“There was pushback from the industry professionals. Some people thought it was not conceivable, and others argued students might lose the advantage they had over other competitors, but we proceeded in spite of all of these objections and took them into account. The first draft was crafted by one group of medical professionals, while another group added additional polish to it. The subsequent stages, validation and proofreading, immediately followed this step. We decided to focus on these three topics because they are covered extensively in the first year,” Mr. Sarang explained.

“The first thing we had to do was eliminate the notion among the public that it was impossible to accomplish what we set out to do. “The Germans, the French, and the Macedonians have all accomplished this,” Dr. Neelkamal Kapoor, a member of the committee, stated. “The Macedonians have also accomplished this.”

According to Dr. Kapoor, the objective is to act as a transitional step for students who have been educated in vernacular languages prior to beginning their studies in medicine.

“In most vernacular schools, English is not taught until a later grade, and by the time a child reaches the age at which one must start preparing for the medical exam, the emphasis has shifted away from learning English and more toward the courses that pertain to the sciences. According to her, “many students with good academic records tend to suffer in college due to their lack of grasp on the methods of communication,” which is why so many students with high academic records tend to struggle in college.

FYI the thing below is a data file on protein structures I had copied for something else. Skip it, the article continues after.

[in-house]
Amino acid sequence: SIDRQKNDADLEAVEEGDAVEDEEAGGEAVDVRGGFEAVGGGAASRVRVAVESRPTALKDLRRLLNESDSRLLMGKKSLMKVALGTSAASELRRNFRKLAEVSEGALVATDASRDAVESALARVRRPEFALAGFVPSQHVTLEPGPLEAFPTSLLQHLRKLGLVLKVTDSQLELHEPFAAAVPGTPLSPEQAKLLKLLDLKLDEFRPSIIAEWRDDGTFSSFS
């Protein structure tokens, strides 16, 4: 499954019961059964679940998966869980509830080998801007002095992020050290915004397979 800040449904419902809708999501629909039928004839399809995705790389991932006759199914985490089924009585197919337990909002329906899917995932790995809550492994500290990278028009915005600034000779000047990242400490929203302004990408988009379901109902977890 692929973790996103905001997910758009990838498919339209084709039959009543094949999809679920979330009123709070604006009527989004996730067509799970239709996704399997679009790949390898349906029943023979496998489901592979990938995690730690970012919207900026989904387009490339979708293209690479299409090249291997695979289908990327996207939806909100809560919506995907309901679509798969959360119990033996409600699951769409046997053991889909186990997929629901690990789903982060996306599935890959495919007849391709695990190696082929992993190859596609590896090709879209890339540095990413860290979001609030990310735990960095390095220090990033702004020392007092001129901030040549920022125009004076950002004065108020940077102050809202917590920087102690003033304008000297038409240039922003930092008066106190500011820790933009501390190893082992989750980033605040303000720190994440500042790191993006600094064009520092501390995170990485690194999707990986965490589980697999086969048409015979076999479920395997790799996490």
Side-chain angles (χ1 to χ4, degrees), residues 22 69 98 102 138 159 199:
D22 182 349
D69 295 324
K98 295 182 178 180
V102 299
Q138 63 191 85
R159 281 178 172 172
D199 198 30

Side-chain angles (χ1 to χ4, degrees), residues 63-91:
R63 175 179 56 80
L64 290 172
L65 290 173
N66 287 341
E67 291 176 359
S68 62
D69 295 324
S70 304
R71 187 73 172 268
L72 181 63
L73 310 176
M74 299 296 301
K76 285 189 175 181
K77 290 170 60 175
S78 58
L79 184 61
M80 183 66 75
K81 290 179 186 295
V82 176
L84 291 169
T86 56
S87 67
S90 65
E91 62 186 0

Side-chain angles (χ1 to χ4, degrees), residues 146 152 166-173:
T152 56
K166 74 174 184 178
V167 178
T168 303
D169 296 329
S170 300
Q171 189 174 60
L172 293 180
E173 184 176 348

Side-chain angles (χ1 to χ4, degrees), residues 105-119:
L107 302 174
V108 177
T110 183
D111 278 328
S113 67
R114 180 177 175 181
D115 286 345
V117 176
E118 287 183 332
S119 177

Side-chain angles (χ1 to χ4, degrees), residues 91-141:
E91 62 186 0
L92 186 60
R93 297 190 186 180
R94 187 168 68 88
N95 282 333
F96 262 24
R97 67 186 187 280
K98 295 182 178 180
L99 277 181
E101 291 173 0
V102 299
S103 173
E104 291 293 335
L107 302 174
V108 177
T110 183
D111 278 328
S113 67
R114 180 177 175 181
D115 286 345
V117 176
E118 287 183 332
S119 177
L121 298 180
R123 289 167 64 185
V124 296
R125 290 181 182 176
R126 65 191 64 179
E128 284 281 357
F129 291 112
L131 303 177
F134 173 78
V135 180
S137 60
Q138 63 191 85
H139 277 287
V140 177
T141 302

Rupesh Verma, who is in his first year as a post-graduate medical student at the Gajra Raja Medical College in Gwalior, uses his own experience as an illustration. “I was up in a village close to Rewa, and the language that I was taught in up until I started school was Hindi. When I finally got to medical school, however, I had such a hard time comprehending what was being presented in the textbooks and lectures that I was required to keep a medical dictionary open on my desk at all times. My performance in the Madhya Pradesh Pre-Medical Test, in which I achieved the 40th rank, had deteriorated to the point where I could hardly pass the tests in my college classes. “This was also one of the issues that delayed my PG (post graduate) admissions,” he said. “This was also one of the factors that delayed my PG admissions.”

However, there are some concerns that pupils may be denied vital chances if the focus is on Hindi, as well as concerns regarding the difficulties that this will present in practice.